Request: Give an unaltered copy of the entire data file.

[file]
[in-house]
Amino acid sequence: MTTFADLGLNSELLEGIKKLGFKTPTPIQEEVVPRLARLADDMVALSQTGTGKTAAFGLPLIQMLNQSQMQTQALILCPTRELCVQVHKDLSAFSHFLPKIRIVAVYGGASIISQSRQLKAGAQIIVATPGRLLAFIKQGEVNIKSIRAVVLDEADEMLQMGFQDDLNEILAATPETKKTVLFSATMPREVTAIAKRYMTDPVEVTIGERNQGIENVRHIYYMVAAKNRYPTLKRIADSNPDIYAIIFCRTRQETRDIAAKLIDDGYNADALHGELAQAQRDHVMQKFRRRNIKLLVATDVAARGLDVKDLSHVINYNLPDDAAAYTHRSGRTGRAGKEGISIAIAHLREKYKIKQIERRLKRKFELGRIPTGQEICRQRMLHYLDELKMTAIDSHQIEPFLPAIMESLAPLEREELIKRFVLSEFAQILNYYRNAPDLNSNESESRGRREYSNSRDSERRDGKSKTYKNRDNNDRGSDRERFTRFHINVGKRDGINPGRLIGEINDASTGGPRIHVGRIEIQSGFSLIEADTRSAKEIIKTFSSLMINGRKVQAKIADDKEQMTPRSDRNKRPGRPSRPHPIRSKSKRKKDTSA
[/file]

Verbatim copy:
[in-house]
Amino acid sequence: MTTFADLGLNSELLEGIKKLGFKTPTPIQEEVVPRLARLADDMVALSQTGTGKTAAFGLPLIQMLNQSQMQTQALILCPTRELCVQVHKDLSAFSHFLPKIRIVAVYGGASIISQSRQLKAGAQIIVATPGRLLAFIKQGEVNIKSIRAVVLDEADEMLQMGFQDDLNEILAATPETKKTVLFSATMPREVTAIAKRYMTDPVEVTIGERNQGIENVRHIYYMVAAKNRYPTLKRIADSNPDIYAIIFCRTRQETRDIAAKLIDDGYNADALHGELAQAQRDHVMQKFRRRNIKLLVATDVAARGLDVKDLSHVINYNLPDDAAAYTHRSGRTGRAGKEGISIAIAHLREKYKIKQIERRLKRKFELGRIPTGQEICRQRMLHYLDELKMTAIDSHQIEPFLPAIMESLAPLEREELIKRFVLSEFAQILNYYRNAPDLNSNESESRGRREYSNSRDSERRDGKSKTYKNRDNNDRGSDRERFTRFHINVGKRDGINPGRLIGEINDASTGGPRIHVGRIEIQSGFSLIEADTRSAKEIIKTFSSLMINGRKVQAKIADDKEQMTPRSDRNKRPGRPSRPHPIRSKSKRKKDTSA